Use this resistance to change to stay in touch
with your current customers through SMS messaging. They have already purchased
your product, are happy with it, and will continue to buy it, as long as you
continue to remind them to do so. If, for example, your product is a
consumable, it may be time to remind than to purchase a replacement; if a
subscription is expiring, a short reminder to renew is a must.
3) The Need to Compare
When consumers are looking for a new or replacement product, they will often compare prices, even if they have purchased from you before. Again, they want to believe they are getting a “deal.” So, when you offer a product at a specific price, even a sale price, they will often look at comparable products from your competition.
Here is how your
SMS messaging can address this: rather than letting the customer do the
comparisons, you head that activity off by giving them the comparison upfront.
So, you can say things like, “We beat the best competitor by 20%,” or “Show us
any competitor’s price, and we will match or beat it.” When you take care of
the task of comparison for them, customers are “relieved” that they will still
get a good deal from you.
4) Turn Fear into a Positive Framework with a Solution
By fear, we do not mean fear of total disaster like a horrible accident with no insurance. There are small fears that people deal with every day – running out some small necessity, for example.
Dollar Shave Club makes use of this in a great way. They offer a subscription service to razor blades, delivered once a month so that no one is ever left with an old, dirty razor as their only option. If you have a consumable product, play upon this fear of running out.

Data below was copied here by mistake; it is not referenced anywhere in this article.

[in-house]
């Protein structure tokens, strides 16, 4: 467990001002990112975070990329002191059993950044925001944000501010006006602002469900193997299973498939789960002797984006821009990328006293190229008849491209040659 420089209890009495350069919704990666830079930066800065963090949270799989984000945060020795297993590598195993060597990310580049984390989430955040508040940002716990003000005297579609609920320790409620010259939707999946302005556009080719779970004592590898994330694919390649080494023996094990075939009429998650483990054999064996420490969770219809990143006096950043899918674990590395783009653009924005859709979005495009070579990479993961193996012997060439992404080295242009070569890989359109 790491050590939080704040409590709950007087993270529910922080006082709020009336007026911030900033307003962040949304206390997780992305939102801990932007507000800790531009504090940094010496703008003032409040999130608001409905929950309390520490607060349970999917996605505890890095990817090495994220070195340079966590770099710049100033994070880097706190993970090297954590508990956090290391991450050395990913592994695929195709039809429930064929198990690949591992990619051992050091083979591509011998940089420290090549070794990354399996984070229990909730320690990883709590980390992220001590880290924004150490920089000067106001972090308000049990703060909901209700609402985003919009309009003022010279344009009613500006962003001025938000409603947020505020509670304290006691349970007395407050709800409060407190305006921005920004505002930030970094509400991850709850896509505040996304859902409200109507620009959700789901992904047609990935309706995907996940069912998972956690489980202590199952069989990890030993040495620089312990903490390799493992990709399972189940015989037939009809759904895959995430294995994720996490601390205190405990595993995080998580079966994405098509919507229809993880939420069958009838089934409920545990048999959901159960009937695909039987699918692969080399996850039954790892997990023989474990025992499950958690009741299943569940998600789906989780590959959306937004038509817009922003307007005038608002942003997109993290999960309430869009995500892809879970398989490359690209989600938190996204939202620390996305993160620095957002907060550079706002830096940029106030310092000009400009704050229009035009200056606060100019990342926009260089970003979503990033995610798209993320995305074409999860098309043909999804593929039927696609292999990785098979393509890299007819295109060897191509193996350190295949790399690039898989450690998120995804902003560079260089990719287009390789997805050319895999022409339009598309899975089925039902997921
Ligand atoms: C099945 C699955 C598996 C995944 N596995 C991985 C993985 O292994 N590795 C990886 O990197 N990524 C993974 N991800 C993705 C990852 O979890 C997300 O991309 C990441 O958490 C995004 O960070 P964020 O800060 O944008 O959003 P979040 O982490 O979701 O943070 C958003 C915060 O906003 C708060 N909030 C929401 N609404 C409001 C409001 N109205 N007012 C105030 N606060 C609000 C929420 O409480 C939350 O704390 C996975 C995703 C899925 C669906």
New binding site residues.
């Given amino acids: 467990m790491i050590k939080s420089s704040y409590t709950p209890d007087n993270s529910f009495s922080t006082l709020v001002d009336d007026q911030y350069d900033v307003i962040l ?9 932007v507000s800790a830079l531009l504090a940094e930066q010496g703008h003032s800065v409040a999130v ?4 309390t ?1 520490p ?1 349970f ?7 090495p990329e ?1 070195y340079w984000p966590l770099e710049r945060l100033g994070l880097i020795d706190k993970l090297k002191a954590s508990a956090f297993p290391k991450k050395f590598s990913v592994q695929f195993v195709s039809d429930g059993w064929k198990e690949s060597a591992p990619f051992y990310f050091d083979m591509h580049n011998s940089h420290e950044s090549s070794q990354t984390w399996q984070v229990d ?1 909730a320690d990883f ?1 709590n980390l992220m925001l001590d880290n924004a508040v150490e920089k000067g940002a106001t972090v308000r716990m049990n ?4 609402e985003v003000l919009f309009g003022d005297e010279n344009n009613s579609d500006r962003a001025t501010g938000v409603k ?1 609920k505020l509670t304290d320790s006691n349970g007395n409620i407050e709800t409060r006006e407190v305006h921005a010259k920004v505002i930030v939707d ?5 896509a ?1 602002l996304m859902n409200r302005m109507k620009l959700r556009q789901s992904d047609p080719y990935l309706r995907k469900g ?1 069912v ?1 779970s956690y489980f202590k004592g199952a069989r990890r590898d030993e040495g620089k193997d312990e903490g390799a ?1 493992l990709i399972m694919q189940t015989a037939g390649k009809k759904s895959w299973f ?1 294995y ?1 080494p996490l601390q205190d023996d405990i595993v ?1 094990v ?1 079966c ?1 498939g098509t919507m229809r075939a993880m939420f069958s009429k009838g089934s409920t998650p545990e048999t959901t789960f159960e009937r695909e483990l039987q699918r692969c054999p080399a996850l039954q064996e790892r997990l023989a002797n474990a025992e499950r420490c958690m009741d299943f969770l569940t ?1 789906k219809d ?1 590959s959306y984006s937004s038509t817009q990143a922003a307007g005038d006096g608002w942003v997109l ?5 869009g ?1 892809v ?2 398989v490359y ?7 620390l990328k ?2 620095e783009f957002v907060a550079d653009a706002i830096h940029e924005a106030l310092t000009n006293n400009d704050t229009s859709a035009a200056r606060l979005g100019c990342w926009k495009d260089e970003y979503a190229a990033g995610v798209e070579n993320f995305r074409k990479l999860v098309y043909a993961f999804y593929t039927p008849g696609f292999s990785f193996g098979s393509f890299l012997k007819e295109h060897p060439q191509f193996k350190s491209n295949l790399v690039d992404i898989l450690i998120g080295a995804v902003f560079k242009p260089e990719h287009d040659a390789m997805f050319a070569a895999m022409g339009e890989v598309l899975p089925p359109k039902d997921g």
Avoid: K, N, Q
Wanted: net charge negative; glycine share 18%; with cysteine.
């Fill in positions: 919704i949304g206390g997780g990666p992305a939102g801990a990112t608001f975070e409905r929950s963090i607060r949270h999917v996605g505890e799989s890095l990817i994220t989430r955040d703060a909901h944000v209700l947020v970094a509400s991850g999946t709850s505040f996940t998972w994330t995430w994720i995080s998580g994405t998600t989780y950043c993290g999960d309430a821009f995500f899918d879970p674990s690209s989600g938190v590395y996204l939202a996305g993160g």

The sending of
these messages can be automated, based upon purchase dates, with the right
software. Whether it’s a face cream, batteries, or products that may only be in
need of replacement a year from now, schedule those reminders that contain a
little bit of fear. “How’s your sock supply? We’re running a great two-for-one
sale right now!” You have now placed a potentially negative circumstance in a
framework of an easy solution.
5) Using the “Herd Mentality”
This is not the best verbiage to use, perhaps, but it is true. Every one of us is part of a group. And we feel comfortable within our “group,” even if we do not know all members of that group. We are in groups based upon gender, ethnicity, age, and socio-economic status. And each of these demographics has a language that is preferred.
For example, if you provide a luxury product, your audience will probably not be young college kids. And the language of your SMS messaging will differ accordingly. As well, you want your potential customer to know that so many others just like him have already purchased your product. “Join thousands of others just like you who are loving these socks!” “Hey, bro, here’s the most comfortable underwear you will ever wear.” “Dazzle your friends with this exquisite bracelet available in yellow or white gold.”
We are All Impressionable
We are the products
of our environments and our experiences. And these have been indelibly imbedded
into our subconscious minds. They result in what is often called “cultural
biases” that influence our behaviors. These five psychological triggers relate
to those biases that most people have. Using them in marketing only makes
sense, and SMS is a great venue for doing just that.
Author Bio: Helene Cue is a senior writer, editor, and content writing pro for the online writing service, Essay Supply, responding to continuous calls to “do my paper for me” from anxious students and ensuring that they get the help they need from expert researchers and writers. When not overseeing the satisfaction of clients, she creates marketing content.